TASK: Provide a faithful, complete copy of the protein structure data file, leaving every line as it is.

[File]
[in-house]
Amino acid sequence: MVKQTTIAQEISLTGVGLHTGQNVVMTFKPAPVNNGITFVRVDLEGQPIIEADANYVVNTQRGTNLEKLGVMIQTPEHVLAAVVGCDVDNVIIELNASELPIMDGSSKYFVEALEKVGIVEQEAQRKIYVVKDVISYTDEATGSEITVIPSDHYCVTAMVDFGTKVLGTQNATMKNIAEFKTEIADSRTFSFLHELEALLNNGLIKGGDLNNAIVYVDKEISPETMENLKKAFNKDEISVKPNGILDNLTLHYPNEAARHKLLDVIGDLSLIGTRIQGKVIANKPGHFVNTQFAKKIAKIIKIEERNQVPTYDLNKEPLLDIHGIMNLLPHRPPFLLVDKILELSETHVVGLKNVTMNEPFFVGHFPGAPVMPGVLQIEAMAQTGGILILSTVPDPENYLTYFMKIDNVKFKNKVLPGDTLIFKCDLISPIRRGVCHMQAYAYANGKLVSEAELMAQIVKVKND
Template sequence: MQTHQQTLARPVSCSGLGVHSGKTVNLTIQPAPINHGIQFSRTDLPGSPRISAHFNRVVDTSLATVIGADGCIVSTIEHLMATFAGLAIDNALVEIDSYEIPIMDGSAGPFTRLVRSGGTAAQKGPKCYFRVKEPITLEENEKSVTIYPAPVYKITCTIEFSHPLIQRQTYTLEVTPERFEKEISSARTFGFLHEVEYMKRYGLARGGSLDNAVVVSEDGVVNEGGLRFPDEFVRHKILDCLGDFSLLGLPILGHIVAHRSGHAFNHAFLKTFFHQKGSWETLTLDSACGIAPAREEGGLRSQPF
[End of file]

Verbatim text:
[in-house]
Amino acid sequence: MVKQTTIAQEISLTGVGLHTGQNVVMTFKPAPVNNGITFVRVDLEGQPIIEADANYVVNTQRGTNLEKLGVMIQTPEHVLAAVVGCDVDNVIIELNASELPIMDGSSKYFVEALEKVGIVEQEAQRKIYVVKDVISYTDEATGSEITVIPSDHYCVTAMVDFGTKVLGTQNATMKNIAEFKTEIADSRTFSFLHELEALLNNGLIKGGDLNNAIVYVDKEISPETMENLKKAFNKDEISVKPNGILDNLTLHYPNEAARHKLLDVIGDLSLIGTRIQGKVIANKPGHFVNTQFAKKIAKIIKIEERNQVPTYDLNKEPLLDIHGIMNLLPHRPPFLLVDKILELSETHVVGLKNVTMNEPFFVGHFPGAPVMPGVLQIEAMAQTGGILILSTVPDPENYLTYFMKIDNVKFKNKVLPGDTLIFKCDLISPIRRGVCHMQAYAYANGKLVSEAELMAQIVKVKND
Template sequence: MQTHQQTLARPVSCSGLGVHSGKTVNLTIQPAPINHGIQFSRTDLPGSPRISAHFNRVVDTSLATVIGADGCIVSTIEHLMATFAGLAIDNALVEIDSYEIPIMDGSAGPFTRLVRSGGTAAQKGPKCYFRVKEPITLEENEKSVTIYPAPVYKITCTIEFSHPLIQRQTYTLEVTPERFEKEISSARTFGFLHEVEYMKRYGLARGGSLDNAVVVSEDGVVNEGGLRFPDEFVRHKILDCLGDFSLLGLPILGHIVAHRSGHAFNHAFLKTFFHQKGSWETLTLDSACGIAPAREEGGLRSQPF